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Alternative namesLegionella pneumonia; Pontiac fever
DefinitionLegionnaire's disease is an acute respiratory infection caused by the bacterium Legionella pneumophila , which can cause a broad spectrum of disease from mild cough and fever to a serious pneumonia .
Causes, incidence, and risk factorsThe bacteria that cause Legionnaire's disease have been found in water delivery systems and can survive in the warm, moist, air conditioning systems of large buildings including hospitals. The infection is transmitted through the respiratory system. Person-to-person spread has not been proved.
From the onset of symptoms, the condition typically worsens during the first 4 to 6 days, with improvement starting in another 4 to 5 days. Most infection occurs in middle-aged or older people, although it has been reported in children. Typically, the disease is less severe in children.
Risk factors include cigarette smoking; underlying diseases such as renal failure , cancer, diabetes, or chronic obstructive pulmonary disease ; people with suppressed immune systems from chemotherapy, steroid medications, or diseases such as cancer and leukemia; alcoholism; being middle-aged or elderly, and in people on a ventilator for extended periods.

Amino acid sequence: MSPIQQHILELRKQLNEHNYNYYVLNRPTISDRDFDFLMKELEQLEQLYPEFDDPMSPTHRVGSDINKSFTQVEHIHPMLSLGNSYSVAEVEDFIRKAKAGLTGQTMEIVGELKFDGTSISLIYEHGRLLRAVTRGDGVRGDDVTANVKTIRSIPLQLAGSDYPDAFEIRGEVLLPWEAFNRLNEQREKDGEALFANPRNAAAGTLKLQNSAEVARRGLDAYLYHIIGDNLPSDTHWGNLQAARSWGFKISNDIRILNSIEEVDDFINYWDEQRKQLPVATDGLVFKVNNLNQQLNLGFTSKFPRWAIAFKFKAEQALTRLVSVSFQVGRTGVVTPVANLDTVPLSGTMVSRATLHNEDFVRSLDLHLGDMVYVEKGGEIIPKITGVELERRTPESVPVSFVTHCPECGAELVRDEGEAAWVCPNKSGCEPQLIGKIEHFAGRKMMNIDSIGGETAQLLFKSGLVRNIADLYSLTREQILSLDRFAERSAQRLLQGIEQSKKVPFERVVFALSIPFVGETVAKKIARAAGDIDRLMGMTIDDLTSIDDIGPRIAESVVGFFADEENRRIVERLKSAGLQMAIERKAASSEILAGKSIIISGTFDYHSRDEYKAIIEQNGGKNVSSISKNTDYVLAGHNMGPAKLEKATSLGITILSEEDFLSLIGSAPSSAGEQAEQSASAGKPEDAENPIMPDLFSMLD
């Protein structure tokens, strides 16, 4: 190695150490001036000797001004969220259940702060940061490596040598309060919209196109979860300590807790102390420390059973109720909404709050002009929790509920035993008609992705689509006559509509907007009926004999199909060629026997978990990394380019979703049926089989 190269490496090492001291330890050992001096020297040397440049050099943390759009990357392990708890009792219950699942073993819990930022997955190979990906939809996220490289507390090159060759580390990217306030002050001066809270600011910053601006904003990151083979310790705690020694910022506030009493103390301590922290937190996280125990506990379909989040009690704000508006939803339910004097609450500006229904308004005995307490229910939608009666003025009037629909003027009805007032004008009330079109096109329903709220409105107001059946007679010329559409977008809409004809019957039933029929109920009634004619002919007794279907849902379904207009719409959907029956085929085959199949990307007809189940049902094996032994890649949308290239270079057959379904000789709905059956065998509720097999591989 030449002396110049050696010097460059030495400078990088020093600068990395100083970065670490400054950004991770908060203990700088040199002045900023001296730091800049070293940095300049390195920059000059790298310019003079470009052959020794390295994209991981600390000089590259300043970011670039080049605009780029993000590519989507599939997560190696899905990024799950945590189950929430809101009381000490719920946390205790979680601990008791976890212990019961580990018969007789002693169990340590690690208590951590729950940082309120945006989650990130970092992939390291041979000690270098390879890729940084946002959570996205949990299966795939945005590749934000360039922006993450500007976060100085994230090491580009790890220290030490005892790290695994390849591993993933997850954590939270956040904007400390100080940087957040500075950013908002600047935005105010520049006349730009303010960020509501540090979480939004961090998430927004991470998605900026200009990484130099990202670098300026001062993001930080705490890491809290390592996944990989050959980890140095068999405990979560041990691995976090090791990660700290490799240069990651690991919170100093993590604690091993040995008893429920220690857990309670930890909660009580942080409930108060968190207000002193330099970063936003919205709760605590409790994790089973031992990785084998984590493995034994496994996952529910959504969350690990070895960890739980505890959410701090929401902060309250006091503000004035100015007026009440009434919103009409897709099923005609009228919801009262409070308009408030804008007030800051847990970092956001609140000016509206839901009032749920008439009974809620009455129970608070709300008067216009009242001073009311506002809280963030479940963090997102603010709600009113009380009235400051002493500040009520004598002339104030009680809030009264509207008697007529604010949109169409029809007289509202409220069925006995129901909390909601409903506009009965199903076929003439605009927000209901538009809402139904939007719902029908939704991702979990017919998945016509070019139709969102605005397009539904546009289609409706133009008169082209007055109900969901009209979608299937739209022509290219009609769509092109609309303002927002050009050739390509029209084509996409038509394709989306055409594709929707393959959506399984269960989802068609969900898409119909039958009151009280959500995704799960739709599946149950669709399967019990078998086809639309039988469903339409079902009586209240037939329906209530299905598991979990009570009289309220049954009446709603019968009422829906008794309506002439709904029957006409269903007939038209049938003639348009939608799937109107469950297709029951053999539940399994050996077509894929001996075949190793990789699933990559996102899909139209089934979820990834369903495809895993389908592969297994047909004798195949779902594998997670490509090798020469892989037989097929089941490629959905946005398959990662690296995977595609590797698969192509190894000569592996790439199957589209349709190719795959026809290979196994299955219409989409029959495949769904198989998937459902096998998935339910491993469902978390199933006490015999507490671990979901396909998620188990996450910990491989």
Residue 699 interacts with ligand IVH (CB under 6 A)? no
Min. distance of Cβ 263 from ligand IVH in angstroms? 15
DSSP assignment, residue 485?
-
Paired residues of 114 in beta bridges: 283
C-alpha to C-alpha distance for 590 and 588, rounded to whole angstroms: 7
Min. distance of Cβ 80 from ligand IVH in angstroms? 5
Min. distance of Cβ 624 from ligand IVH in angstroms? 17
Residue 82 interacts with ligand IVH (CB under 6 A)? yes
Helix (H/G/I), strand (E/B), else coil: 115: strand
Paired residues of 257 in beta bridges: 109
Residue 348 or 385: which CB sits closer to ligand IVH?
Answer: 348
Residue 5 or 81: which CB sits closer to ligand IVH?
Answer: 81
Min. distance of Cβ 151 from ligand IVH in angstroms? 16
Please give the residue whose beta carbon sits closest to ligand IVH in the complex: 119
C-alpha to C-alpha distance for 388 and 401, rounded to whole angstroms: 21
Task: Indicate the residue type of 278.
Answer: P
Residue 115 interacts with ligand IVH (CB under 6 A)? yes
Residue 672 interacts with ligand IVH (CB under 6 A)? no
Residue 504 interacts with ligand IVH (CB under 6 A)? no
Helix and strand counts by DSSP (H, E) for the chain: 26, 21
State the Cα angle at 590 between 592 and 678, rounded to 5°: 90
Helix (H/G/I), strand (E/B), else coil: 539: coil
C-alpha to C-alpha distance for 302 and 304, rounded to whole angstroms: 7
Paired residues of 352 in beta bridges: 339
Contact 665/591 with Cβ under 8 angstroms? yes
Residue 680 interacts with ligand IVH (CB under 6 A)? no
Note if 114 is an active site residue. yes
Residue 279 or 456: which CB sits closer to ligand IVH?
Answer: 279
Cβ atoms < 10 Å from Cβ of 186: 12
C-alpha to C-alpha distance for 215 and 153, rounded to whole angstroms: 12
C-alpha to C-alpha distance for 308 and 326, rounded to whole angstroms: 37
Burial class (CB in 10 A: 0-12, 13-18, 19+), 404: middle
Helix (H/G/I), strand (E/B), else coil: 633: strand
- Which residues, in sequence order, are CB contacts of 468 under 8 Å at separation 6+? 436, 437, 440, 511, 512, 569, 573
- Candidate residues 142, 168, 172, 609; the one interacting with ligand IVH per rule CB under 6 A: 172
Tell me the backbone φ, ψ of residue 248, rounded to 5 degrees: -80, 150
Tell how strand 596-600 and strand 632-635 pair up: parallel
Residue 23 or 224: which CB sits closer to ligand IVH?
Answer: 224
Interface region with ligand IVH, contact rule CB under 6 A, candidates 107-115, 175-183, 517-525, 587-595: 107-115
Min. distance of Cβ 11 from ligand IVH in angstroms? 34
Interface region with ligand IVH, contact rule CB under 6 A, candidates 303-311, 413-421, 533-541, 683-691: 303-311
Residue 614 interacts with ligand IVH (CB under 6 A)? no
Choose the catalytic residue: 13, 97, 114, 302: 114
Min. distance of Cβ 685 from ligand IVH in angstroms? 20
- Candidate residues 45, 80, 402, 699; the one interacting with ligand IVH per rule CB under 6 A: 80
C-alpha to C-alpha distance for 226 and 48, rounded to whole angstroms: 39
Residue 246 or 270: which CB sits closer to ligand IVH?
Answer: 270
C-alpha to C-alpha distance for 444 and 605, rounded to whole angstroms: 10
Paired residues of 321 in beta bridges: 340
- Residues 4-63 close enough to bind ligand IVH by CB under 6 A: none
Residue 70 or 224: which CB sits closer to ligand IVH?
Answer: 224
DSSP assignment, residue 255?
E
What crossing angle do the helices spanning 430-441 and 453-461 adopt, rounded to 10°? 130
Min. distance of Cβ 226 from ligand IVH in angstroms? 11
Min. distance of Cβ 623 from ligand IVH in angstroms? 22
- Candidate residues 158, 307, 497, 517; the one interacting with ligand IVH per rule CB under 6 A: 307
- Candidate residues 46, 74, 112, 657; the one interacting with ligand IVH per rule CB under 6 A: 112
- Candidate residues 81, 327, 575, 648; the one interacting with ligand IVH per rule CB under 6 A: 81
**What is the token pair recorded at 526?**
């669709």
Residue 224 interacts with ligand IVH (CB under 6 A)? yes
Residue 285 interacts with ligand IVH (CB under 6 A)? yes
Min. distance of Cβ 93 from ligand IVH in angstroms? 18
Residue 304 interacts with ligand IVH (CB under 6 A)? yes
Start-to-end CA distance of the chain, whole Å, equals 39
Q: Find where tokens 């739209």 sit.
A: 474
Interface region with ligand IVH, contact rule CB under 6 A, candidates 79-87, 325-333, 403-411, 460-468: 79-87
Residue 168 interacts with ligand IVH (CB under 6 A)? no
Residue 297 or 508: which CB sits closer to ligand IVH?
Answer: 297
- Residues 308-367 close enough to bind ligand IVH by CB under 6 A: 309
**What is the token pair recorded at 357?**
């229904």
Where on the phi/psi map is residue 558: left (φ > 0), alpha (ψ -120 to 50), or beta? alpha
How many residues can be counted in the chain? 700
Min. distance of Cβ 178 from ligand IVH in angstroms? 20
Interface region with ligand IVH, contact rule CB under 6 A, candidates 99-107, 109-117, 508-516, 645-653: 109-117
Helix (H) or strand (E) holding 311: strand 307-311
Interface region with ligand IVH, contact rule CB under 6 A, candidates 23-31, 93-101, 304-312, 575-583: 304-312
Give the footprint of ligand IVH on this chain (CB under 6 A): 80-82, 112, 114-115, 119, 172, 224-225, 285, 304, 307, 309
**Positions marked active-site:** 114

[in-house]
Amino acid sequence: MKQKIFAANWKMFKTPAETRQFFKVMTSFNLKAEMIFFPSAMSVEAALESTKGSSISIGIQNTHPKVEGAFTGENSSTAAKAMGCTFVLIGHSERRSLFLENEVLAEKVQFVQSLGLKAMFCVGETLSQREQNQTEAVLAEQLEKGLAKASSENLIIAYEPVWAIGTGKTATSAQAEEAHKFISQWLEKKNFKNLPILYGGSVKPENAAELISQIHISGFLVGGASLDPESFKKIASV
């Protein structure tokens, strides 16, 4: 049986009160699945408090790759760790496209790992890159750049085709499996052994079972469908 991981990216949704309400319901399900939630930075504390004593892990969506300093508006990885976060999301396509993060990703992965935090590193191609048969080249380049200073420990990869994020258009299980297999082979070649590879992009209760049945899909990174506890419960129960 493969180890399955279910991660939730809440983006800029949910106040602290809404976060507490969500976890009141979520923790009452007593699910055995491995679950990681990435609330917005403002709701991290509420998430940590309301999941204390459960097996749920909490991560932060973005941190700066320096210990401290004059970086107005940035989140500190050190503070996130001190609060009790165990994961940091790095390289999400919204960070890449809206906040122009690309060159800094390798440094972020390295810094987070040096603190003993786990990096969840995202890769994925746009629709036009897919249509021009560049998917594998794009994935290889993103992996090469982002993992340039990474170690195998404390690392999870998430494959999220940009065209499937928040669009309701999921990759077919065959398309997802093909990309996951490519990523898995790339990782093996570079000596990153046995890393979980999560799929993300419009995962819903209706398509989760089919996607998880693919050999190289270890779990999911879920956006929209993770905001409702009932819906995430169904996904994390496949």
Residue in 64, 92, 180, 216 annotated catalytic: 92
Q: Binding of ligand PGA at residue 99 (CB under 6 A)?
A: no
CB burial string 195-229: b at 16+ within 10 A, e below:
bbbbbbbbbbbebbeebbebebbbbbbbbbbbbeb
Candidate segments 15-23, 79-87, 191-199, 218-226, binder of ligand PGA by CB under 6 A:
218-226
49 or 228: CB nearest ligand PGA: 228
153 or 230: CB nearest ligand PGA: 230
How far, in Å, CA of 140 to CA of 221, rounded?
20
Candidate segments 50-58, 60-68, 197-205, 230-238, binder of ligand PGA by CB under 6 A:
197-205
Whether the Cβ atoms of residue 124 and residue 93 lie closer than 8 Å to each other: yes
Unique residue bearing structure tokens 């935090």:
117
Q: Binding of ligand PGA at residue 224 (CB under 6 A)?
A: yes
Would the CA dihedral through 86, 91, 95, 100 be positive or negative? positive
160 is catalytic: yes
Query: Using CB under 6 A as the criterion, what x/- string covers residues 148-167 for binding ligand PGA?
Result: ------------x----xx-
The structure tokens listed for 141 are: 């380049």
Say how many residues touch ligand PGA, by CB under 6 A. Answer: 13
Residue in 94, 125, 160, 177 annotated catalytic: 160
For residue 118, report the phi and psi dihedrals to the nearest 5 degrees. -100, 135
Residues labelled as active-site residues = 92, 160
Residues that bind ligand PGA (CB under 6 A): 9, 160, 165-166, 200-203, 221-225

Signs and tests
The goal of treatment is to eliminate the infection with antibiotics. Treatment is started as soon as Legionnaire's disease is suspected, without waiting for confirmation by culture results.
The antibiotic commonly used is quinolone (ciprofloxacin, levofloxacin, moxifloxacin, or gatifloxacin) or a macrolide (azithromycin, clarithromycin, or erythromycin).
Supportive treatment includes hospitalization for fluid and electrolyte replacement and oxygen administration by mask or by mechanical ventilation, if the respiratory system becomes severely compromised by the infection.
Expectations (prognosis)The overall death rate for those with pneumonia is about 15%, and the death rate increases in those with underlying diseases. The mortality for patients who develop Legionnaire's disease while hospitalized is close to 50%, especially when antibiotics are started late.
Some complications include respiratory failure requiring use of a respirator.
Calling your health care providerCall your health care provider if breathing difficulties develop.
PreventionActive surveillance of infections that were acquired within a hospital can lead to the treatment of contaminated water delivery systems. Detection and treatment of sources outside hospitals usually occurs during or after an epidemic has happened.
Update Date: 8/11/2003Daniel Levy, M.D., Ph.D., Infectious Diseases, Greater Baltimore Medical Center, Baltimore, MD. Review provided by VeriMed Healthcare Network.
Last updated: Tue, 06 Jan 2009 00:20:03 GMT